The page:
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By 1963, jazz musician Nina Simone already had an established music career. But two events that year permanently altered her direction. The first was the murder of NAACP activist Medgar Evers on June 12. Simone said that “while Medgar Evers’ murder was not the final straw for me, it was the match that lit the fuse.”
That fuse burned until it reached a powder keg: the 16th Street Baptist Church bombing in Birmingham, Alabama on September 15. When she heard the news of four dead Black girls, she grabbed tools and scrap from her garage and tried “to make a zip gun, a home-made pistol.” After calming down, she instead sat at her piano, and in an hour, produced her first civil rights song, “Mississippi Goddam.”
The song exploded in popularity and launched Simone’s activism. It captured the tumultuous obstacles civil rights activists faced at the time, but also vented her fury at American racism. Organizations such as the Student Non-Violent Coordinating Committee (SNCC) reached out, and Stokely Carmichael later designated her the “great civil rights singer.”
Alongside a transformation in her music, Simone changed her appearance. In her early years, she kept her hair straightened and in a traditionally white-woman’s style, as seen in the image above. As time went on, she sported her hair either braided, pinned up, or in an afro, as seen in the photos below.
No song better describes Simone’s thinking regarding her race, gender, sexuality, and its public perception than “Four Women” (1966). As Nadine Cohodas succinctly wrote, “the song compressed two centuries of Black history into four compact verses.”
Simone describes four different Black women—an enslaved woman, a multiracial woman born from rape, a prostitute, and a woman ready to kill out of bitterness. Each verse shows how Black women must navigate misogynoir—that racially infused misogyny directed towards Black women—in their daily lives, even within the Black community.
The demands of race and gender exhausted Simone. “By the time the sixties ended,” she admitted, “I’d look in the mirror and see two faces, knowing that on the one hand I loved being black and being a woman, and that on the other it was my color and sex which had fucked me up in the first place.”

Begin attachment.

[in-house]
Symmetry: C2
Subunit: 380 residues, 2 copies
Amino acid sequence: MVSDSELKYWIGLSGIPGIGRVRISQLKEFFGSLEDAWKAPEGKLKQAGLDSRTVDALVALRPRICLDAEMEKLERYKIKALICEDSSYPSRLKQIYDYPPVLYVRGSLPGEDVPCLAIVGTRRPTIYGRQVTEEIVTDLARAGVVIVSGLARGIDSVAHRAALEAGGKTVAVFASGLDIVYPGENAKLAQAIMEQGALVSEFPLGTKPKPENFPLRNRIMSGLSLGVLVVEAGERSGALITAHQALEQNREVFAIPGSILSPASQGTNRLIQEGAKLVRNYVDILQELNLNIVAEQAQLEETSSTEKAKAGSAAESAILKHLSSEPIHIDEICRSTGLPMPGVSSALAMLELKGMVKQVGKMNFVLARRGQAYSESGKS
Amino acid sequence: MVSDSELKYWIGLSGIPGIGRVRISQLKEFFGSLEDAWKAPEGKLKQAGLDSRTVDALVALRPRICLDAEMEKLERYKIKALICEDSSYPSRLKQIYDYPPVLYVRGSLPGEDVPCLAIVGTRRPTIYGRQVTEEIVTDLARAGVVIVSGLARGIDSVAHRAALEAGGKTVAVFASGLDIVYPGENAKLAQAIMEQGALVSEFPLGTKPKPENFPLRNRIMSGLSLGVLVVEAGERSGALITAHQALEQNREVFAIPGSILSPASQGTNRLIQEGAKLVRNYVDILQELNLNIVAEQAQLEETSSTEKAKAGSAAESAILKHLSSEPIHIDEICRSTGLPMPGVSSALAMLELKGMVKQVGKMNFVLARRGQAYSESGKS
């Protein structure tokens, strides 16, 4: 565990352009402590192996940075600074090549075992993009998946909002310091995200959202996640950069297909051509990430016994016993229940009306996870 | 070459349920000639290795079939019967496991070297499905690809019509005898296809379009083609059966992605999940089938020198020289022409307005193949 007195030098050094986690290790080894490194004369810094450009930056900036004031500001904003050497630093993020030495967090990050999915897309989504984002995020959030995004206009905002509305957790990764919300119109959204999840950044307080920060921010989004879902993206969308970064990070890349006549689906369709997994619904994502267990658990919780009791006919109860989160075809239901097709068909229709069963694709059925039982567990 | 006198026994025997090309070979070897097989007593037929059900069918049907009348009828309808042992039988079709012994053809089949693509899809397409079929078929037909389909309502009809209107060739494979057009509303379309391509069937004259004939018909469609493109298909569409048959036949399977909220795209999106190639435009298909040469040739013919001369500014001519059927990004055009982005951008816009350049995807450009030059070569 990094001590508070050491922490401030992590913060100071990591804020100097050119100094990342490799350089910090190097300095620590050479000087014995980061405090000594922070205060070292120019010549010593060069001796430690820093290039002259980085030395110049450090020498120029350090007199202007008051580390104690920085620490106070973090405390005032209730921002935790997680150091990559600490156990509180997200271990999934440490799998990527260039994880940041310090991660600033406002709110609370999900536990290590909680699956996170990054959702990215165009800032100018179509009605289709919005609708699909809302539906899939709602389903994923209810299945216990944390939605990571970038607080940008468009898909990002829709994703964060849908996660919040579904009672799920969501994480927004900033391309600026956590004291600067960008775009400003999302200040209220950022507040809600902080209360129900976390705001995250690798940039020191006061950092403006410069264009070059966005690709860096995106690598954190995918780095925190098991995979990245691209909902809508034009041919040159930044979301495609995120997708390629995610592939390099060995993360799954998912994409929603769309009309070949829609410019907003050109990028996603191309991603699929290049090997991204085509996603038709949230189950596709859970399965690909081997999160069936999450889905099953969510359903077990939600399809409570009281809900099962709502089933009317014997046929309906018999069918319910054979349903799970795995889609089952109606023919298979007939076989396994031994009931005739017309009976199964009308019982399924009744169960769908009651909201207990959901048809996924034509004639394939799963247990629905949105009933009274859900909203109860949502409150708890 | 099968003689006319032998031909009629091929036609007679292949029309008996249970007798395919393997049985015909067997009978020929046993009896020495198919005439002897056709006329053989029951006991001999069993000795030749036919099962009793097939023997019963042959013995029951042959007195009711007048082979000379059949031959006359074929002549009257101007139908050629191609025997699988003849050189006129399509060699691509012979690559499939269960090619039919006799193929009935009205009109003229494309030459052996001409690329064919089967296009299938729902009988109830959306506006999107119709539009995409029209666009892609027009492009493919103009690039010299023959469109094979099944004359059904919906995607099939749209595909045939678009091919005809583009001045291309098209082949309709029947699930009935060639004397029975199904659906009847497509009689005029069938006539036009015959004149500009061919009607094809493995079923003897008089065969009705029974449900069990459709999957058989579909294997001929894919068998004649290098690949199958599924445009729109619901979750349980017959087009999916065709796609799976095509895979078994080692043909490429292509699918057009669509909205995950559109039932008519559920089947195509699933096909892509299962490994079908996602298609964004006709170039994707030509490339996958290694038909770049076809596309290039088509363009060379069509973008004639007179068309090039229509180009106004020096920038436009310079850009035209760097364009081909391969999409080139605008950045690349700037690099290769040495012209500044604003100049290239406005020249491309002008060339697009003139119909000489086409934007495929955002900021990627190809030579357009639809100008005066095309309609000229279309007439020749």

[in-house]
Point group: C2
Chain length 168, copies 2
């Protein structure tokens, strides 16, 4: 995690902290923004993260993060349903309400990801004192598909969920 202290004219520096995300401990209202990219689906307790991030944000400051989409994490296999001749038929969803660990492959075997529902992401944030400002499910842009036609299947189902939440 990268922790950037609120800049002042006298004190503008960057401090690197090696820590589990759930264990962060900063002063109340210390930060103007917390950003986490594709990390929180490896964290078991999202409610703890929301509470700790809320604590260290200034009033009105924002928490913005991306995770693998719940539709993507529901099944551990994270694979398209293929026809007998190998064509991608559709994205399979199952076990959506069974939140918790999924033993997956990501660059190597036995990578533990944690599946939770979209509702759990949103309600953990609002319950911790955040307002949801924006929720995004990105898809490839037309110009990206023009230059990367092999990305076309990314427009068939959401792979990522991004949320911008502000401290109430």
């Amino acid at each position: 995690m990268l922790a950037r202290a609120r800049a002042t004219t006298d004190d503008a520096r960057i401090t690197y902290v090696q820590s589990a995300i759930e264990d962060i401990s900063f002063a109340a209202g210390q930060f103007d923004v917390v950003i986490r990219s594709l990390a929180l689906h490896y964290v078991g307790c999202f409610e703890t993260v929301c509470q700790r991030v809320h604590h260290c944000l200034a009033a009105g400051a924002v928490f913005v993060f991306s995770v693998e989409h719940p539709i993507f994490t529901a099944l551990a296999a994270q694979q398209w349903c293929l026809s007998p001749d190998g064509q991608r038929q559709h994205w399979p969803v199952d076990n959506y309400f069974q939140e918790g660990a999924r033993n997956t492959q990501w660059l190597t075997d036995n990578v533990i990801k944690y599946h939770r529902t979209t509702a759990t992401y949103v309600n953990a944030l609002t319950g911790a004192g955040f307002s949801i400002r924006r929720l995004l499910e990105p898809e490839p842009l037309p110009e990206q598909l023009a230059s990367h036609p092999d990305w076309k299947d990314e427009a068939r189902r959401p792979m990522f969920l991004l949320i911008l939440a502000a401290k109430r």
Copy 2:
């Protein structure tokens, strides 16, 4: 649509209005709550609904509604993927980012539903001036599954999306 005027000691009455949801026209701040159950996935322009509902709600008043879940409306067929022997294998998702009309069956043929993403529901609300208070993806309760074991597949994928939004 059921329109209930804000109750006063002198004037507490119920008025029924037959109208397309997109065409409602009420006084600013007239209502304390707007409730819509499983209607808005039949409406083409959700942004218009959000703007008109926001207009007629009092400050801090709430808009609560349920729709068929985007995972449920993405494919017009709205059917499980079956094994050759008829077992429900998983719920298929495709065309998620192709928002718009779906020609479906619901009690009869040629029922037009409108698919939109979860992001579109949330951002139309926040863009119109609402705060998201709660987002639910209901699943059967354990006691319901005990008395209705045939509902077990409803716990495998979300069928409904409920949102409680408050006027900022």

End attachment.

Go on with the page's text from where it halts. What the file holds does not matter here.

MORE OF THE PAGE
The assassination of Dr. Martin Luther King, Jr. in 1968 rattled the entire nation, and Simone too was devastated. With the entire Civil Rights Movement reeling, she felt increasingly discouraged. “SNCC was dead in the water,” she said. “CORE was going the same way. The SCLC was still trying to recover after losing Martin.” People were in denial, “but the plain truth was we were in retreat.”
Despite these setbacks, Simone did not give up hope. She supported the rise of the Black Power movement and touted the Black Power manifesto. Because they were willing to fight for the cause, Simone thought the Black Panthers showed Black kids what the fight for racial justice would take.
Her song “To Be Young, Gifted, and Black,” written in memory of her deceased friend Lorraine Hansberry, was recorded and released in 1970, and, unlike her other civil rights anthems, which were full of anger, this one was a joyous celebration of Black youth. While Simone understood that being a Black woman had extra barriers compared to Black men, she inspired the entire Black community.
Photo by Michael Ochs Archives/Getty Images
Simone’s disappointment in the Civil Rights Movement eventually overpowered her hope and, in 1974, she moved to Monrovia, Liberia hoping to find respite. When she settled in Africa, she felt that she had been released from the prison that was America and had found home. She was ready to stay “forever, if everything worked out.”
The 1980 Liberian coup and start of the Liberian Civil War forced her out after six years, however, and for the rest of her life, she never returned to live in the United States.
Simone’s personal life and career were notoriously turbulent (she was later diagnosed with bipolar disorder), but to emphasize these difficulties diminishes the enduring power of her music.
Her music speaks directly to contemporary activist movements. For example, the lyrics in “Mississippi Goddam” need only be partially modified for them to apply to the Black Lives Matter movement. “Four Women” stands as a testament to the continued misogynoir Black women face decades after the song’s release. “To Be Young, Gifted, and Black” continues to tell Black youth to celebrate their skin color and never be ashamed of who they are.
Photo by David Redfern/Redferns
“Four Women.” Track 2 on Wild is the Wind. Philips Record, 1964-1965. Nina Simone. Released 1966.
Lambert, David Brun. Nina Simone: The Biography. London: Aurum Press Ltd, 2009.
“Mississippi Goddam.” Track 7 on Nina Simone in Concert. Philips Records. Nina Simone. Released 1964.
Simone, Nina and Cleary, Stephen. I Put A Spell On You: The Autobiography of Nina Simone. New York: Da Capo Press, 1991.
Thomas, Katherina Grace. “Nina Simone in Liberia.” Guernica Magazine, June 19, 2017. https://www.guernicamag.com/nina-simone-in-liberia/.
“To Be Young, Gifted and Black.” Track 7 on Black Gold. RCA Victor, 1969. Nina Simone. Released 1970.